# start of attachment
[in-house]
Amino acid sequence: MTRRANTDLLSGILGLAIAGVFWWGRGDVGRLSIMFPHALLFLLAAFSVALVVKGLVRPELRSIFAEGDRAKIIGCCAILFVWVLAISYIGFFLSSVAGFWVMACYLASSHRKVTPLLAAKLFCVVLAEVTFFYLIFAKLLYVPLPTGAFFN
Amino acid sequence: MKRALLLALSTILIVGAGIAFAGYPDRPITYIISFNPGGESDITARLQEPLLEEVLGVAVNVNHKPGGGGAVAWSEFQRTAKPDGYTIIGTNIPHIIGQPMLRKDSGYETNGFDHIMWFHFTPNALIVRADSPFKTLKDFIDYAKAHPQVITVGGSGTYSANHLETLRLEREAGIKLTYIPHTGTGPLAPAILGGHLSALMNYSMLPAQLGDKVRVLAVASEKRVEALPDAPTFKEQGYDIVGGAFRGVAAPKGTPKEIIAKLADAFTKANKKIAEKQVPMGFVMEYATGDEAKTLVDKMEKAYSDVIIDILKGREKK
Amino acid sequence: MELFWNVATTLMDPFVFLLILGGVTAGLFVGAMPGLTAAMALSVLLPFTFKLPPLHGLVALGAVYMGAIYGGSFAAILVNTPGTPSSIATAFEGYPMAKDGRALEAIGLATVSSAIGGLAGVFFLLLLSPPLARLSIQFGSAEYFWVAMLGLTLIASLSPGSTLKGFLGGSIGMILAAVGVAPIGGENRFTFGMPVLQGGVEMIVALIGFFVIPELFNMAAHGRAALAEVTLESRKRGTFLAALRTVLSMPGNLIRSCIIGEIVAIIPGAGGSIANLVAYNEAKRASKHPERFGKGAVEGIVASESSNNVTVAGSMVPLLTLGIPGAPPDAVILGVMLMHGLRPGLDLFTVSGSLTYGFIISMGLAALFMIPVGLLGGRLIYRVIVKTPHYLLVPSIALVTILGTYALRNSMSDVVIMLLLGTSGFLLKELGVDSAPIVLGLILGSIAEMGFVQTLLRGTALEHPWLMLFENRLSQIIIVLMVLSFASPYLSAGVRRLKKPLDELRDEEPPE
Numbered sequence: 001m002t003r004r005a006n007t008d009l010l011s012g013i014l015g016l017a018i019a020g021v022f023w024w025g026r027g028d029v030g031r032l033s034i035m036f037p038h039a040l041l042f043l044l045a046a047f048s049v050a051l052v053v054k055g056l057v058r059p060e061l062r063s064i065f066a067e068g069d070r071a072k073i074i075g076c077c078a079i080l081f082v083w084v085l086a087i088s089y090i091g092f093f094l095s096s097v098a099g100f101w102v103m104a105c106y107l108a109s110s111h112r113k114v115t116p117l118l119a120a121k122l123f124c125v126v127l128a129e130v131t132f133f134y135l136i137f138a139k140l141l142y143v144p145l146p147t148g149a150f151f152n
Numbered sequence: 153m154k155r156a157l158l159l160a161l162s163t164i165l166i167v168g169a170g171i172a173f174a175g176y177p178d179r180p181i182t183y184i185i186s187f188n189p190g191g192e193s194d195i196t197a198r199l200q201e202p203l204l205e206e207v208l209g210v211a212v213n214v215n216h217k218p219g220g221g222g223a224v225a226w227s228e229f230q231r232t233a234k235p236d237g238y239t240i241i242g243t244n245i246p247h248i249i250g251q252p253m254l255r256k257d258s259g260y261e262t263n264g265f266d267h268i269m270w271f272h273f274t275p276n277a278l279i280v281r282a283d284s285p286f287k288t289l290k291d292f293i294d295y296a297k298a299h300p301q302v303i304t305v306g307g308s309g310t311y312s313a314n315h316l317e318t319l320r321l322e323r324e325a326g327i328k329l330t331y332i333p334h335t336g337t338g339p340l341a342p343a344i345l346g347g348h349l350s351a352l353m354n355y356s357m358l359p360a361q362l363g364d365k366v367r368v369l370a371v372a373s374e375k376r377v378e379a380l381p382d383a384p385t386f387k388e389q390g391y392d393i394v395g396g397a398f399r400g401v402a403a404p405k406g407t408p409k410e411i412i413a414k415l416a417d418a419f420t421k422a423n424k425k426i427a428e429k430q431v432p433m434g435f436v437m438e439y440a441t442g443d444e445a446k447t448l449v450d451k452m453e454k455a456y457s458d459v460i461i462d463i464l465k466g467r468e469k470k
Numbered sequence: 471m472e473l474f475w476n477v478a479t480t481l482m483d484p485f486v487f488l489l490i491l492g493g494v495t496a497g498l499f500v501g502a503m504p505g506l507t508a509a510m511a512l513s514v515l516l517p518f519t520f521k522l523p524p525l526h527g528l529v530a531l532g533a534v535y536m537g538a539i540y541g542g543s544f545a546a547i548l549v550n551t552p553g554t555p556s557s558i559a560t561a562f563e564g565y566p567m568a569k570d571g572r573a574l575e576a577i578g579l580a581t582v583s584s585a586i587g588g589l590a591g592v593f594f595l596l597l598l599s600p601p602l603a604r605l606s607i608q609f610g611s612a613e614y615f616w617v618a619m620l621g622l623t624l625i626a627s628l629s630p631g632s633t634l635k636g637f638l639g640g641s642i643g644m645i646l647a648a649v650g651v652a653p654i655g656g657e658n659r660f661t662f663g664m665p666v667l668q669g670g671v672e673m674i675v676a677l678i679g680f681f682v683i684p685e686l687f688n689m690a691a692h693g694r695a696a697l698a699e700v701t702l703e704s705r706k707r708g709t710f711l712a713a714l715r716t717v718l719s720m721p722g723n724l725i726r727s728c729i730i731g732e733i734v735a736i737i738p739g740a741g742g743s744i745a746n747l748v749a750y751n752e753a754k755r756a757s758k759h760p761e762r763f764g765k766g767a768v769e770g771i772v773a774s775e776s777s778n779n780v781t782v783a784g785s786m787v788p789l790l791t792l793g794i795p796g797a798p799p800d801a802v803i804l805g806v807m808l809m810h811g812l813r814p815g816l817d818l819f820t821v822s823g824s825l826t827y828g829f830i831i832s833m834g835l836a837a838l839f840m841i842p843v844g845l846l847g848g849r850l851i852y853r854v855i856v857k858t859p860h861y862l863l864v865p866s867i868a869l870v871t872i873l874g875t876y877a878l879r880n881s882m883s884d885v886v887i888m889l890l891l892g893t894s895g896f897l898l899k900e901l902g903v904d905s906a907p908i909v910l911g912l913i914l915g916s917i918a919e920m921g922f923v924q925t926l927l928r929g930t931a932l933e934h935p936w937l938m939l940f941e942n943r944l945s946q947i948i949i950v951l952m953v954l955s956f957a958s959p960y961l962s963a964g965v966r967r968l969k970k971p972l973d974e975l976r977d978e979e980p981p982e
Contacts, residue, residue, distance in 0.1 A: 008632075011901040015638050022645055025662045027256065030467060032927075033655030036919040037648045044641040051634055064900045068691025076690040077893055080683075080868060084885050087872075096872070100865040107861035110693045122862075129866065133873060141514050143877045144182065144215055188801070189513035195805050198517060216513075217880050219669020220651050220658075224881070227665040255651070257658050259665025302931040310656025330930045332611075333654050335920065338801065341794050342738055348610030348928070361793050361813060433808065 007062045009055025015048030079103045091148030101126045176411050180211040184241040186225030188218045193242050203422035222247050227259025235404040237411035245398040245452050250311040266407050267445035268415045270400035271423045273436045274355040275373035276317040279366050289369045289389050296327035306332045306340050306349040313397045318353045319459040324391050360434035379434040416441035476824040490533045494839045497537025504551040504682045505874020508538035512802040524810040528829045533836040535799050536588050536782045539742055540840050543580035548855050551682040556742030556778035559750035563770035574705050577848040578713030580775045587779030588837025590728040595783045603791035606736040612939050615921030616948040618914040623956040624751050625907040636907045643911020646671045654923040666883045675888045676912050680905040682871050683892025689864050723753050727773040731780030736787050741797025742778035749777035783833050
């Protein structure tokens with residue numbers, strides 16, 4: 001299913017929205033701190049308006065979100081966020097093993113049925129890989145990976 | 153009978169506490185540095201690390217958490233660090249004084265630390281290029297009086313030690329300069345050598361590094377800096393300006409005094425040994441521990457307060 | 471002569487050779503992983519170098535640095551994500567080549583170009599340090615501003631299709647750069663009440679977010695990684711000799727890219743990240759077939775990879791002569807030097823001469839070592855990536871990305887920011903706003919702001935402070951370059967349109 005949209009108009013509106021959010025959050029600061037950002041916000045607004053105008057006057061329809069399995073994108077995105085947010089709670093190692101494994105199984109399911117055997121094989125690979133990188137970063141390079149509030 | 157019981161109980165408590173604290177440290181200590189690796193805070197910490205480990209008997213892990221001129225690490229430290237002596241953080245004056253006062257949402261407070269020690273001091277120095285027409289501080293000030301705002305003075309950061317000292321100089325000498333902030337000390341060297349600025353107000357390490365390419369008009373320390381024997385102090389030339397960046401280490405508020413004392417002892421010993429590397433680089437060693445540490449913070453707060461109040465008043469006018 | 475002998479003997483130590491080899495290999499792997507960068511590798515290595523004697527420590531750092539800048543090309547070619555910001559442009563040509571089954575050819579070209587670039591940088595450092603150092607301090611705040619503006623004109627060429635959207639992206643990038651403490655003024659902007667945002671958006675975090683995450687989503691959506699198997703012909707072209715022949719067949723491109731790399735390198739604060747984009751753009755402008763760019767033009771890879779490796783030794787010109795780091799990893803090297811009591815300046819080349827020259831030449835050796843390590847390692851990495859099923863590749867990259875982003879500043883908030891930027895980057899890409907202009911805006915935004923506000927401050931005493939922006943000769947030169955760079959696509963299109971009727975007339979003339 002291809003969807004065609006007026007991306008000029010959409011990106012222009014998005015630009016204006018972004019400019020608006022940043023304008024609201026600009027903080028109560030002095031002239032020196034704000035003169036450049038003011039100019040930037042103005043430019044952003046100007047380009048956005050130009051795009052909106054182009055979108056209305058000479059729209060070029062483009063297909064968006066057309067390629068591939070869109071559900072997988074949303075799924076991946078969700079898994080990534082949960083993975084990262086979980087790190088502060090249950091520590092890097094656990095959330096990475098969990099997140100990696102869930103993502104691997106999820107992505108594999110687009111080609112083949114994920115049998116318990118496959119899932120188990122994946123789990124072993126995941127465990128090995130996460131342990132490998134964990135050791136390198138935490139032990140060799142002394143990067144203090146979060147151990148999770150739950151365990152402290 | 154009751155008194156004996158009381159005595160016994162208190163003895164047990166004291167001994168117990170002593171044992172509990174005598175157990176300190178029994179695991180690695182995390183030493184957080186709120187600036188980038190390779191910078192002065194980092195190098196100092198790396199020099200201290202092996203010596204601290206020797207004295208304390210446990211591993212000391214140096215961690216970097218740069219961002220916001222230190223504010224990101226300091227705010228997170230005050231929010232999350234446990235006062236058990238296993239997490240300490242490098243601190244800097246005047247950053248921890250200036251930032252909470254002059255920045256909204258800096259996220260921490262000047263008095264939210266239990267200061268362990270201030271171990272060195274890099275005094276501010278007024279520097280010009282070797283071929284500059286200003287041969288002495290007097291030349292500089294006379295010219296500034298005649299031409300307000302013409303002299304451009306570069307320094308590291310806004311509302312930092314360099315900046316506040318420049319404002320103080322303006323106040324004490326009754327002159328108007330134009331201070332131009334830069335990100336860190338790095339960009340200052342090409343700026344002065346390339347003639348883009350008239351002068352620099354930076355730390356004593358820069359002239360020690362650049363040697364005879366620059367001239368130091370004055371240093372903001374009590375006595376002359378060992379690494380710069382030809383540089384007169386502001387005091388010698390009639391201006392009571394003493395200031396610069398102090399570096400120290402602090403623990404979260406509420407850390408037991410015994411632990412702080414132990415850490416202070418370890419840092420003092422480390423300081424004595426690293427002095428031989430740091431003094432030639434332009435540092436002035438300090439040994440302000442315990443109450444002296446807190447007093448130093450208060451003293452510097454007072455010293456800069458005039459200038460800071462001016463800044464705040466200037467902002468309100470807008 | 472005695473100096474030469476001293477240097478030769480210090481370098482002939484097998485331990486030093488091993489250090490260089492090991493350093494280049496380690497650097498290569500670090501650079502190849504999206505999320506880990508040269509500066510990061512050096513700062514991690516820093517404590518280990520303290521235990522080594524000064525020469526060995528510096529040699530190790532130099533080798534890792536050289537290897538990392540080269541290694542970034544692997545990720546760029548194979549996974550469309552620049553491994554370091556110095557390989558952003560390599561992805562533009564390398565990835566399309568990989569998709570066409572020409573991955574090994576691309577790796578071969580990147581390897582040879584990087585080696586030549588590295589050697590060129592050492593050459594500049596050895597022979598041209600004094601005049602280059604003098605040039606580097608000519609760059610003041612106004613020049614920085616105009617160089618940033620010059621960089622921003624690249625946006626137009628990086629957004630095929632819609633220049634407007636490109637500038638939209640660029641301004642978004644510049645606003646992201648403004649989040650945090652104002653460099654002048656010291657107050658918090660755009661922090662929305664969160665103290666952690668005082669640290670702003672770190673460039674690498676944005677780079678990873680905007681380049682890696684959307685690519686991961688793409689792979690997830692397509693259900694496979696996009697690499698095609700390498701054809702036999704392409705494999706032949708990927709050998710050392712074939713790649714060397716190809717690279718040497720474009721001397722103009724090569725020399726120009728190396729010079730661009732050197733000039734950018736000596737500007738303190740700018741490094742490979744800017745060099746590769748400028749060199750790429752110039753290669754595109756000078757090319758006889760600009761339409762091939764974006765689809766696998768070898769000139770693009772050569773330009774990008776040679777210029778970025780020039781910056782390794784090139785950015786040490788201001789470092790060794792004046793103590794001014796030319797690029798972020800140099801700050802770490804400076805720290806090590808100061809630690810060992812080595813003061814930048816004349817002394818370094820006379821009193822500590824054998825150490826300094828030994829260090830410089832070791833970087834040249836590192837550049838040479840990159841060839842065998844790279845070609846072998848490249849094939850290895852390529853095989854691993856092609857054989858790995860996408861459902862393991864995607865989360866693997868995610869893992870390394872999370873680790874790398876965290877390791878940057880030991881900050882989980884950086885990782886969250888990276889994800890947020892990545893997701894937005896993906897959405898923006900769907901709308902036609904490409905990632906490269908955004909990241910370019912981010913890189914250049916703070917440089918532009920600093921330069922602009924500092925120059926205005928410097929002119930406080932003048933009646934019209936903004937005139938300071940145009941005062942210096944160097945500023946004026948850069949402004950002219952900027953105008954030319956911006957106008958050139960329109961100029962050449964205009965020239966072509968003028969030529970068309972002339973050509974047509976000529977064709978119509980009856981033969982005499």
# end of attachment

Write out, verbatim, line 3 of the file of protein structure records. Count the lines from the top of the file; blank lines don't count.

Amino acid sequence: MKRALLLALSTILIVGAGIAFAGYPDRPITYIISFNPGGESDITARLQEPLLEEVLGVAVNVNHKPGGGGAVAWSEFQRTAKPDGYTIIGTNIPHIIGQPMLRKDSGYETNGFDHIMWFHFTPNALIVRADSPFKTLKDFIDYAKAHPQVITVGGSGTYSANHLETLRLEREAGIKLTYIPHTGTGPLAPAILGGHLSALMNYSMLPAQLGDKVRVLAVASEKRVEALPDAPTFKEQGYDIVGGAFRGVAAPKGTPKEIIAKLADAFTKANKKIAEKQVPMGFVMEYATGDEAKTLVDKMEKAYSDVIIDILKGREKK